Time for the real Clubhouse Hall of Fame.
Oh, and congrats to the newest owner of a CCH. Dave B.
Dave lives just up the road a piece, I like to say in the Park City suburbs.
Dave, I hate to tell you this.. but guardianship of one or even two CCH fifths is not automatic inclusion to the H.O.F. Don't fret too hard, I'm out of luck as well. The member list of the CCH HOF is pretty darn short!!
President and Founder: JOHN C. MORRISON JR.
A true Argonaut, Morrison arrived in San Francisco on June 4, 1849 aboard the Steamship Panama. There were a number of soon to be important people aboard the Panama. William M. Gwin became U.S. Senator, Fred F. Low served as Governor of California, and of course most important of all was our boy Jno. C. Jr.
Morrison bounced around early San Francisco as a commission merchant and during the early 1860's he formed partnerships with several different people and operated various wholesale liquor establishments. In March of 1866 he dissolved the partnership he had with A.J. Bryant and hung out his own shingle at 614 Front St. In 1866 he registered the Dunham's Old Bourbon with the State of California. Later he trademarked 4 other brands with the State. His "Stag Whiskey" is the brand most often seen in advertising. It was registered on March 8, 1870. By this time Morrison was located at 316 Sac. Street.
On June 21, 1872 Morrison trademarked the Club House Whiskey brand.
J.C. Jr. also had a risk taking appetite for mining stocks. It got him into trouble in the 1860s but in the 1870's he hit it big. VERY BIG! He was a major owner of stock in the fabulous Consolidated Virginia and California mines in Virgina City, Nevada. Morrison invested $269,000 of his own funds in the development of the Dividend Block on the north side of Pine Street.
He is listed as a liquor dealer at the 316 Sac. St. address through 1878, however his obituary states that he joined the firm of Moon, Scalley & Co. in 1873. After 1877 his is simply listed as a "capitalist". A man with money! He had a love for horses, particularly Roadster horses. He died May 17, 1881 at the age of 58.
Interesting sidebar, on Jun 4, 1874, they held a 25 year reunion honoring the Pioneer Steamship Panama passengers. There were 23 former passengers in attendance at the gala event held at the Grand Hotel. Gwin and Low were there, along with the pomp and ceremony politicians love to surround themselves with. But we all know now who would someday be the most famous person to attend. Besides, he probably brought the booze.
Secretary and Publicity Manager: JOHN L. THOMAS
John Thomas, whiskey bottle historian. Author of several books on western whiskey bottles including the standard work WHISKEY BOTTLES OF THE OLD WEST first written in 1969 and updated in 2002.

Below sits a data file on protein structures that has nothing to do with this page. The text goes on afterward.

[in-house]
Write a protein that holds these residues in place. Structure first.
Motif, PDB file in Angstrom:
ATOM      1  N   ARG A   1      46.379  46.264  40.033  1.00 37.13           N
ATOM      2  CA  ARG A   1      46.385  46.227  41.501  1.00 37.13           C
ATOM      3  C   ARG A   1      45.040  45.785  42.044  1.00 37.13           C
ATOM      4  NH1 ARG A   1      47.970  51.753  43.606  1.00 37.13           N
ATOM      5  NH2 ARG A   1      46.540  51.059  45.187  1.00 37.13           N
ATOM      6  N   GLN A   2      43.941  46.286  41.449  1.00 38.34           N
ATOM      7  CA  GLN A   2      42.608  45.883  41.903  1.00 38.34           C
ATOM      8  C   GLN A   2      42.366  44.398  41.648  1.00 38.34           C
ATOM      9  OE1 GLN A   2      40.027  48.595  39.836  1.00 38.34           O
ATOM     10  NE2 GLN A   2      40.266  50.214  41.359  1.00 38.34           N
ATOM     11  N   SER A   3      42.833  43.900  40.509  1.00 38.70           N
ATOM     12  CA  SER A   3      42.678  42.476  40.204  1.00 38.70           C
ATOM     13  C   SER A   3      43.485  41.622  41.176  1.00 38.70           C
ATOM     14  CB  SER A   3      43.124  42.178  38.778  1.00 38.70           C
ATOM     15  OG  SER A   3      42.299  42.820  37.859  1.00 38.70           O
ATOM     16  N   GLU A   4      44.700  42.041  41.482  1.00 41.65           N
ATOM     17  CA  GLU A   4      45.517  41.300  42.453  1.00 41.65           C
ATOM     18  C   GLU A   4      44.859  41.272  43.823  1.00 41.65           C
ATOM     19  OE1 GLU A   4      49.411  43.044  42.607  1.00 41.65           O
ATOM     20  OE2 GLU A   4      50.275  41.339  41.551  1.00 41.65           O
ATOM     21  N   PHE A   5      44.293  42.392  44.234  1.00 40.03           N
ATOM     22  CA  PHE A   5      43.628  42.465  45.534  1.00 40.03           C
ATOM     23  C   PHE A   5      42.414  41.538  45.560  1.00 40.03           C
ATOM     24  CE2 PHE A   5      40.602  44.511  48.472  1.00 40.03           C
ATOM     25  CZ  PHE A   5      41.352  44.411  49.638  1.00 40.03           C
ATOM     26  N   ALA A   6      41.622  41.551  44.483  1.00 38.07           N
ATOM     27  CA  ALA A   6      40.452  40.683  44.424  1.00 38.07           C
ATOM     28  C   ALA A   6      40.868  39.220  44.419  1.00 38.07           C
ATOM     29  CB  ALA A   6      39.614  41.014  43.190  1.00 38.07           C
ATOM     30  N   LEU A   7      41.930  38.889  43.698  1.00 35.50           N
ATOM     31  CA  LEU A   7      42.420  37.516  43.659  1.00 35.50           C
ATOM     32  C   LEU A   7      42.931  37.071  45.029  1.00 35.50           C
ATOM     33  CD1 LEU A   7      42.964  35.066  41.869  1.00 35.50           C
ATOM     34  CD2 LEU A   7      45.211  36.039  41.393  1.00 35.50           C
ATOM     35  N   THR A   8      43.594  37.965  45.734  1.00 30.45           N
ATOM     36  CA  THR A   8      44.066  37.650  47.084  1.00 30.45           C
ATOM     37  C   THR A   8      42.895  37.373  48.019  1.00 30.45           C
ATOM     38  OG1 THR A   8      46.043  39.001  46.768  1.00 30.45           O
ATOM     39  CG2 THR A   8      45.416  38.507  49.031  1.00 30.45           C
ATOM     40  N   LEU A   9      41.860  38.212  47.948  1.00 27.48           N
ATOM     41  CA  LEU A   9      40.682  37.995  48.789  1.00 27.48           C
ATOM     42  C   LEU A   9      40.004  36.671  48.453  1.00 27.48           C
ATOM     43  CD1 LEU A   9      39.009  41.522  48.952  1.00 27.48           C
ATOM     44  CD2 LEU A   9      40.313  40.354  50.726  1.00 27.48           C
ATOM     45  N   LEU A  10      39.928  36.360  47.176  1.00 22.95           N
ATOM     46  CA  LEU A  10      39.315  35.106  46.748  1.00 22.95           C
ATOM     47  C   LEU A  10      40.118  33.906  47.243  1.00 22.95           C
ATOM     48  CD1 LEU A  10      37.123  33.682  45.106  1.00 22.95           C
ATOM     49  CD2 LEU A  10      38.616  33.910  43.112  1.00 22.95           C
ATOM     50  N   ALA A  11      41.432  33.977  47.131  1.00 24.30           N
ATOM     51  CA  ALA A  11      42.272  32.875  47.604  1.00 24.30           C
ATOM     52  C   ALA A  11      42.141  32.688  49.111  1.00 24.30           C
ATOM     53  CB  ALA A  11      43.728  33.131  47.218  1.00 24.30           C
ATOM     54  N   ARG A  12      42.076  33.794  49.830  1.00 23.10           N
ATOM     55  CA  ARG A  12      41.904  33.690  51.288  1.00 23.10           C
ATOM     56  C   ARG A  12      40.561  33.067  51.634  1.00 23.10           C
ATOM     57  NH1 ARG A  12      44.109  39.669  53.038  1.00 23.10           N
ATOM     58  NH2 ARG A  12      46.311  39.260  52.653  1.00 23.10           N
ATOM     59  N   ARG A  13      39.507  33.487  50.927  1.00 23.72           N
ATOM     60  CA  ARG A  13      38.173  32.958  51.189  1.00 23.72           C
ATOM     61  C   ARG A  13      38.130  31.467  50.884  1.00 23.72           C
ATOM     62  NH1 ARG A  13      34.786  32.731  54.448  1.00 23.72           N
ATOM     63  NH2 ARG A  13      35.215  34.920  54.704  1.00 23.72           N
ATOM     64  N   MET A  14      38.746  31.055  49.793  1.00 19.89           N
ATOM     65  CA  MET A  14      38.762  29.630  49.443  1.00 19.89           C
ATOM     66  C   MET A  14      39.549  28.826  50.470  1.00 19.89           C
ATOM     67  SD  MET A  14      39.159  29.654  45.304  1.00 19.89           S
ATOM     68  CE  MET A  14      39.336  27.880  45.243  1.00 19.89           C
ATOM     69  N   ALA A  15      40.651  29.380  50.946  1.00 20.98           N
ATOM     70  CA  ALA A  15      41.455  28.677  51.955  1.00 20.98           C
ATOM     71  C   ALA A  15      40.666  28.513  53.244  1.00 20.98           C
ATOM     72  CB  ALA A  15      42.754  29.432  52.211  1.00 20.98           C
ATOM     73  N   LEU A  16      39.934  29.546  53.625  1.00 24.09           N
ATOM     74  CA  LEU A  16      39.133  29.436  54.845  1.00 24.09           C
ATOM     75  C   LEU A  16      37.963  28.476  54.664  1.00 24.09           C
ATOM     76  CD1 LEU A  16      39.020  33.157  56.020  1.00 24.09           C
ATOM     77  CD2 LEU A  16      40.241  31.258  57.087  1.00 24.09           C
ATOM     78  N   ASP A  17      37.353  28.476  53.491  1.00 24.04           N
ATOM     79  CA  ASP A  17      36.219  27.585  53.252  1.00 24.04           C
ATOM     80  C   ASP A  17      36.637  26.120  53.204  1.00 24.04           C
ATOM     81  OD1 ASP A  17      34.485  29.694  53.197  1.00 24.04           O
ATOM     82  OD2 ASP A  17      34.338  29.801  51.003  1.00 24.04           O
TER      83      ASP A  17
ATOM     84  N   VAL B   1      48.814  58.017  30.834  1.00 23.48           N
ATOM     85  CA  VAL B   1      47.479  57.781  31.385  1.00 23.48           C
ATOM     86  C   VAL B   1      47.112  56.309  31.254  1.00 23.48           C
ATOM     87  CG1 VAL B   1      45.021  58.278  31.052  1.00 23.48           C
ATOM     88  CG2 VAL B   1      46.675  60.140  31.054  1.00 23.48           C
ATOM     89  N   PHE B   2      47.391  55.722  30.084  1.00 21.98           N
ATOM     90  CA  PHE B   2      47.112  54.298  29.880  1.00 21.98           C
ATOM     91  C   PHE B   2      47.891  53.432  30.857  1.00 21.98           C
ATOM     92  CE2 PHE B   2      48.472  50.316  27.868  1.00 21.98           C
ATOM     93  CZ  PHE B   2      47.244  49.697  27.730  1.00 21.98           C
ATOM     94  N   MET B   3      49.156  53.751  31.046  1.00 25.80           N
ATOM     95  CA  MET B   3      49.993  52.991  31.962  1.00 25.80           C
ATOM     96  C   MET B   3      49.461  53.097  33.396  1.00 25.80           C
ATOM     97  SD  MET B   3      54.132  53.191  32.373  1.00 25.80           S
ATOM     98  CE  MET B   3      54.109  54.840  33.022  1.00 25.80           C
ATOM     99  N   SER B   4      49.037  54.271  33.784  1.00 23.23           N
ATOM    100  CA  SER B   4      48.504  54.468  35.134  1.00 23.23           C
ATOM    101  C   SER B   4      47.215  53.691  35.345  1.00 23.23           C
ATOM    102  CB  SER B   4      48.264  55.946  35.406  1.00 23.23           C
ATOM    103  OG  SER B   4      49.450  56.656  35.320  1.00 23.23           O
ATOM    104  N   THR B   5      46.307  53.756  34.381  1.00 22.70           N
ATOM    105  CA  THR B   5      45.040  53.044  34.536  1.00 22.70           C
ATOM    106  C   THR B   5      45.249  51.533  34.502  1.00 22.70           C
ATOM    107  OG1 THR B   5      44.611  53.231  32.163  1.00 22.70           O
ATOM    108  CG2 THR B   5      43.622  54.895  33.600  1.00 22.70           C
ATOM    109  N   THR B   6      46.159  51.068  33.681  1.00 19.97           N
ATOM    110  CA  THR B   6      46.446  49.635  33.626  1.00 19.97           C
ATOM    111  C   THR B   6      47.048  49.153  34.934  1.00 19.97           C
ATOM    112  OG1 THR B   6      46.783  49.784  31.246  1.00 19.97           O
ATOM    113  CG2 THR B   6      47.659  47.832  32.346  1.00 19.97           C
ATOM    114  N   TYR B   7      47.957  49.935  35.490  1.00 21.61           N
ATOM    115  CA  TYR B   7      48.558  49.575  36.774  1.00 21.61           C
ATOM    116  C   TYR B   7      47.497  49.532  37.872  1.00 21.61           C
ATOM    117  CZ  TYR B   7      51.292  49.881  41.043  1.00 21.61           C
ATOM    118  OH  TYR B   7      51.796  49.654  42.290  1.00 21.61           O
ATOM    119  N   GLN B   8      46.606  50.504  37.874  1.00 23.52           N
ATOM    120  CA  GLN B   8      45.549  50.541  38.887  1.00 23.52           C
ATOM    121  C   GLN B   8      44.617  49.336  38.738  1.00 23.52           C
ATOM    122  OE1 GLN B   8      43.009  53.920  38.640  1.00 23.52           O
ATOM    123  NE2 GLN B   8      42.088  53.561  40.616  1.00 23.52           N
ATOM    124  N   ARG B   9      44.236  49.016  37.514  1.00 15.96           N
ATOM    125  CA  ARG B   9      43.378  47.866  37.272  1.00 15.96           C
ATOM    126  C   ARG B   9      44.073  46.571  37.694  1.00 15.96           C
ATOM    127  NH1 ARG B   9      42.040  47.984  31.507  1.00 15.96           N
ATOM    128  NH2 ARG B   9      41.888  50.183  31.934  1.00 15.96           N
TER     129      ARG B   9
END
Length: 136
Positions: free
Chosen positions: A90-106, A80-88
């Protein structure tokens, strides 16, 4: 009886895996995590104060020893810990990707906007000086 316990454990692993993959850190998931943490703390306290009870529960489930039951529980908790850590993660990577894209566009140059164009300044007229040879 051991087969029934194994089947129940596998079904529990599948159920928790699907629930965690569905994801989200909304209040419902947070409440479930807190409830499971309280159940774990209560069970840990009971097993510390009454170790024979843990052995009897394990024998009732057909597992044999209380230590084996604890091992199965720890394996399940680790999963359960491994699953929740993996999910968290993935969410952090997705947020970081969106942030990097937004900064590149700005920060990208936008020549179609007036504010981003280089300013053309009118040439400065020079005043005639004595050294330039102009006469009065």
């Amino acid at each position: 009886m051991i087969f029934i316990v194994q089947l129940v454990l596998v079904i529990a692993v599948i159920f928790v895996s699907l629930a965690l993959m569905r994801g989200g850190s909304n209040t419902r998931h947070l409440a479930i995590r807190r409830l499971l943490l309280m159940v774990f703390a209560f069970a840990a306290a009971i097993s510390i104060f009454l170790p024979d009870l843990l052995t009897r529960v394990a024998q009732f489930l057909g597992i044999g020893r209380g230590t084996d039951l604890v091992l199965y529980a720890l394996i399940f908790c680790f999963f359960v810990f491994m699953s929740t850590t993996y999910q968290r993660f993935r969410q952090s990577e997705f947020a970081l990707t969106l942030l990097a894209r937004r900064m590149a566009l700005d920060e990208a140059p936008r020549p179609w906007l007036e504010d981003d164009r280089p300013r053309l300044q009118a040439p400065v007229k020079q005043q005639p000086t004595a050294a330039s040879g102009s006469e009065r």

John's favorite old glob was undoubtedly the Clubhouse. He owned two of them over the years and possibly guided others to top collections of his era. He has been accused of promoting the Clubhouse a bit too much and helping it along to it's status of the #1 fifth. Maybe, I believe it can pretty well stand on its own with most collectors.
It does have one grievous problem, that holds it back just a bit with some old school collectors... The words SOLE AGENTS do not appear on the fifth. Sorry John, but they don't!!!
THE ROLL CALL OF OFFICIAL MEMBERS
PAUL BAGWELL/JUNE BAGWELL
Saline Valley. One of the great digging stories of all time is attached to this beautiful example. Even reported in the Old Bottle Magazine in 1971 I think. Paul Bagwell and wife June were another bottle digging couple in the Bishop, Ca. area. Paul dug a number of good bottles, Eastern California was 'good ground' if you collected whiskey bottles. He liked to scout out areas off the beaten path, particularly small "charcoal burner" camps. I have been told that Paul liked to identify likely spots on the mountain side by the glint of broken glass in the sunlight. He would drive as close as he could and hike in the rest of the way. Sometimes a narrow wagon road or mule trail might lead into these small camps. The silver/lead ore of the area demanded a huge amount of charcoal for smelting purposes. Small two or three man charcoal burner camps dot the mountain sides near the mining regions. These burner camps were usually only manned for a few weeks, then the burners moved on to find more wood to burn.
Paul and June drove to a camp he had spotted one morning in 1971. Just another small camp that might have a few bottles, probably all broken in the rocks on that steep mountainside. He was digging away in the the trash layer in and around the burners flat and not finding much. He mentions in the article that he found several stemless pipe bowls with the initials P.B. on them. Hmmn, good luck maybe. No bottles coming out. June spent an hour or so enjoying the clear view down on the valley. Read a little from a book she brought along, had a bite to eat. Went for a little hike down the hill.
"Paul, are you finding anything?"
"Not a thing, not much here. Maybe we should try somewhere else."
"Paul, I found a bottle ....."
"What did you find, dear?"
"Oh, this green whiskey bottle that was stuck in that big sagebrush down below the flat."
"Green whiskey bottle, ok dear, does it say anything on it..."
"Paul, here, look at it, it says California Club H..."
"What! - - @^#%@&@##$#@#@##!!!!!!!!!"